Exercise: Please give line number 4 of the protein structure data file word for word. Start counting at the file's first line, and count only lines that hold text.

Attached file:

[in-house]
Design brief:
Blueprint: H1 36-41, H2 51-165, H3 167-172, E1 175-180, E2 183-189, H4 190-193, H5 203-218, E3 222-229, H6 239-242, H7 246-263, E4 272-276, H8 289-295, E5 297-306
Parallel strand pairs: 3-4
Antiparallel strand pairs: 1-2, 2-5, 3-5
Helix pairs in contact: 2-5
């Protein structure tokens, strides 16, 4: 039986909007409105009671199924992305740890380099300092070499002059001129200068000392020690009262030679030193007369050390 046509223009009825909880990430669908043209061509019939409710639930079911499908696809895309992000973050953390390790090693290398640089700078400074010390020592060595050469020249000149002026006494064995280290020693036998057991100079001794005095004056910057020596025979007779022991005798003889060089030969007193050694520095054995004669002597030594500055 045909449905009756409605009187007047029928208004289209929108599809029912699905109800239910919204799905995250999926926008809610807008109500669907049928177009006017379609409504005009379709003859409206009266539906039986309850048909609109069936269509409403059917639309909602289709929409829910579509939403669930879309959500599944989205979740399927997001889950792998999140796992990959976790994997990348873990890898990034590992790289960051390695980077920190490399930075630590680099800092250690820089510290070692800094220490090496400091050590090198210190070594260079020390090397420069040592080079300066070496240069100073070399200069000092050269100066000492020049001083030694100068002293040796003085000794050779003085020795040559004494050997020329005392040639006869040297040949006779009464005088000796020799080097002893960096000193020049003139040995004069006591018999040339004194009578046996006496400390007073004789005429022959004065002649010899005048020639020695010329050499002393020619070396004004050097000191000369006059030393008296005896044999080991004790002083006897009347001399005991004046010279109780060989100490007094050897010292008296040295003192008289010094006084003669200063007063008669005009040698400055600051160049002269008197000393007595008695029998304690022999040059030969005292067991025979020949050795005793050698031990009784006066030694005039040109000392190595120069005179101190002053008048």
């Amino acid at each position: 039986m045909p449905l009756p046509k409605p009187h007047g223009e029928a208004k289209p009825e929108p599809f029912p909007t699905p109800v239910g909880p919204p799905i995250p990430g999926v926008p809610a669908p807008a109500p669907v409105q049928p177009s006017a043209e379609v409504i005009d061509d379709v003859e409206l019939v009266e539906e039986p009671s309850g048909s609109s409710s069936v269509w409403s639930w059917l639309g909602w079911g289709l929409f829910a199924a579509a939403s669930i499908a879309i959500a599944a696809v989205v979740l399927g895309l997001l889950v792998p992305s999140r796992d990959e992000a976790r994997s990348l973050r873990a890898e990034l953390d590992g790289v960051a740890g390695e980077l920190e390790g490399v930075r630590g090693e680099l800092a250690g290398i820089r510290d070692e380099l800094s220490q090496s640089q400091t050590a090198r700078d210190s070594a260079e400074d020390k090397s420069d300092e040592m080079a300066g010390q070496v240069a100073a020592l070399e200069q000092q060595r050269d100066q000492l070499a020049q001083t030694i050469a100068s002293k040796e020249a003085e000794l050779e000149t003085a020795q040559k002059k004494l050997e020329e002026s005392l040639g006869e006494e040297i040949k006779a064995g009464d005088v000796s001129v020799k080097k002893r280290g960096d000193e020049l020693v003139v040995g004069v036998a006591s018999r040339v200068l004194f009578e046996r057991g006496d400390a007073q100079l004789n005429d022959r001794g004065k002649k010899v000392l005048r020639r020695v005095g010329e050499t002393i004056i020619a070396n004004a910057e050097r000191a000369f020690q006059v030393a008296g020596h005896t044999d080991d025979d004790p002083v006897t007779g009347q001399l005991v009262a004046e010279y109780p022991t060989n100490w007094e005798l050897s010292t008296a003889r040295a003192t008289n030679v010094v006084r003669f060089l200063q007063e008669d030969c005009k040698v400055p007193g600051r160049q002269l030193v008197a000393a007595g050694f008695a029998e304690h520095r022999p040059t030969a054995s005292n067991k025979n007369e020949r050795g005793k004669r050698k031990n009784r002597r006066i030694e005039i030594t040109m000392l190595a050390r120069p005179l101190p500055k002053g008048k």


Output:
Parallel strand pairs: 3-4